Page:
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Human Trafficking

The purpose of this educational activity is to enable the learner to identify best practices for coaching an employee.


Additional Course Information

Learning Objectives

At the completion of this educational activity, the learner will be able to:

  1. Identify two (2) types of human trafficking in the United States.
  2. Identify five (5) warning signs of potential human trafficking.
  3. List three (3) practices healthcare workers can engage in interventions to assist victims of human trafficking.

Learning Outcome

At the completion of this educational activity, the learner will demonstrate knowledge about human trafficking by passing a quiz with a score of 85% or greater accuracy.


Lois Platt, MSN, RN

Ms. Platt has had extensive experience in a variety of health care settings, including as Staff Development Coordinator in a Long-Term Care facility. She also worked as a Term Assistant Professor of Nursing for the University of Alaska Anchorage AAS Nursing Program for many years as well as coordinating and teaching a Certified Nursing Assistant Program. Prior to entering nursing education, Ms. Platt worked in both staff nurse and Clinical Resource Manager positions in a small Critical Access Hospital in rural Alaska. Her work experience also includes staff and charge nurse positions on Medical-Surgical and Intensive Care Units. Ms. Platt obtained a Diploma in nursing from Joseph Lawrence School of Nursing in New London, Connecticut; a Bachelor of Science in Nursing from St. Joseph College in West Hartford, Connecticut; and a Master of Science in Nursing Education from the University of Alaska, Anchorage, Alaska.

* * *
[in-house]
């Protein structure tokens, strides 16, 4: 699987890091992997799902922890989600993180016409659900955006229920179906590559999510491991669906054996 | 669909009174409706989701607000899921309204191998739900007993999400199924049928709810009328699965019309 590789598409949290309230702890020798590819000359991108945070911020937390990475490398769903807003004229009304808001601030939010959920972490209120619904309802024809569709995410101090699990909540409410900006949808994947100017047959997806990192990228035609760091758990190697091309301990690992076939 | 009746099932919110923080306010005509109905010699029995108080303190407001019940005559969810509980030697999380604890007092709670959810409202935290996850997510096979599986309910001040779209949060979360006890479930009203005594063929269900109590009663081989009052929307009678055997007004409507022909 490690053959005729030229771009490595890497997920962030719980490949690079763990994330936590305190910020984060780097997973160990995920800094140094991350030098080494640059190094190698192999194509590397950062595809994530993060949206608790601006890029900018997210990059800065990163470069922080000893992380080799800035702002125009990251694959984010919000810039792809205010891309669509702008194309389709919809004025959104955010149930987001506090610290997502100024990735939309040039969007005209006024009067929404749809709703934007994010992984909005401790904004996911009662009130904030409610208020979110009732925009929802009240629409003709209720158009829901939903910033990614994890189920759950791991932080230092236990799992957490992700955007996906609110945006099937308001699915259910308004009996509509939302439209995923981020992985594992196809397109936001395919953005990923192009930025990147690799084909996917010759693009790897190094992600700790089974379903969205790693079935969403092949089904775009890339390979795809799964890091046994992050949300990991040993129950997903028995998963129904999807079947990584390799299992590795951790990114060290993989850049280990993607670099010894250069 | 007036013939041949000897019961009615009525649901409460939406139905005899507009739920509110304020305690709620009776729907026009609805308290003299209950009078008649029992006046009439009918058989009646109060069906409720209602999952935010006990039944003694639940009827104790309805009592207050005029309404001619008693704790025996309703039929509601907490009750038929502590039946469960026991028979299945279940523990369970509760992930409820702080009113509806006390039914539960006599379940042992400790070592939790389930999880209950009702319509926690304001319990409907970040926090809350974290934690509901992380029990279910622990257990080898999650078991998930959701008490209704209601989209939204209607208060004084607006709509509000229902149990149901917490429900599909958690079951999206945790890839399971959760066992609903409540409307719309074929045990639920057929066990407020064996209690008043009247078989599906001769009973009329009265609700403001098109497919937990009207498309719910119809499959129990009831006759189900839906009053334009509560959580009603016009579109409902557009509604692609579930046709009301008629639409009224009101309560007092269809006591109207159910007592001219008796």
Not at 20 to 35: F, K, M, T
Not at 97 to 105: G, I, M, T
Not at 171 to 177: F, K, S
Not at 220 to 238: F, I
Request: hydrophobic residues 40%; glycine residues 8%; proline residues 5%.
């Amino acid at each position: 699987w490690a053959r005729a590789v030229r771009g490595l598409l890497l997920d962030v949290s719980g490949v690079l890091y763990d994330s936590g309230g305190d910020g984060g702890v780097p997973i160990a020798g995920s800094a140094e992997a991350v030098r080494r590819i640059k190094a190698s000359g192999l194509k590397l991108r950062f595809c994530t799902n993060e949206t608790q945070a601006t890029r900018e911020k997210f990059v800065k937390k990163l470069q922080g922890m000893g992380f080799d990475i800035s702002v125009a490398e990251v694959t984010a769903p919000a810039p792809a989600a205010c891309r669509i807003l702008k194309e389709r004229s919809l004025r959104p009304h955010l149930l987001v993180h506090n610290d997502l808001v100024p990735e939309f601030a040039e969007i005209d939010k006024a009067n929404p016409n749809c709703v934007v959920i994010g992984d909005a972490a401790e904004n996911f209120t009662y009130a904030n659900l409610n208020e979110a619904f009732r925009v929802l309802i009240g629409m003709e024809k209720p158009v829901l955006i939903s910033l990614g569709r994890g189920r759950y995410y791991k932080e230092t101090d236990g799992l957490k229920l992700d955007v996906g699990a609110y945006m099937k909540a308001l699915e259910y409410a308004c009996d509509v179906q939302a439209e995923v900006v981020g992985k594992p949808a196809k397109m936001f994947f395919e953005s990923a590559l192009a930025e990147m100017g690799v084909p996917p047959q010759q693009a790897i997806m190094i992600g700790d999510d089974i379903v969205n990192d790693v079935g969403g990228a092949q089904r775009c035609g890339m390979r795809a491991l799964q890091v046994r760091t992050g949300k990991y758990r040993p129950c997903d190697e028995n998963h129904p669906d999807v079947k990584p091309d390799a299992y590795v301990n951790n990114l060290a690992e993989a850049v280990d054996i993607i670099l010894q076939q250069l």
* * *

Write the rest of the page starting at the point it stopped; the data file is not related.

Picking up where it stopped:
Human Trafficking - Healthcare Academy
Healthcare Academy

Human Trafficking


It is essential for healthcare providers to be knowledgeable about human trafficking. Healthcare professionals are in a key position to help victims of human trafficking and stop this crime. Healthcare workers are often the first source of help that a victim of human trafficking encounters. Educating and advocating for victims can help save someone who might not otherwise have the chance to break free from the cycle of trafficking. This education activity defines human trafficking, identifies persons at risk and warning signs of being a victim, and shares standards for healthcare worker response if human trafficking is suspected.

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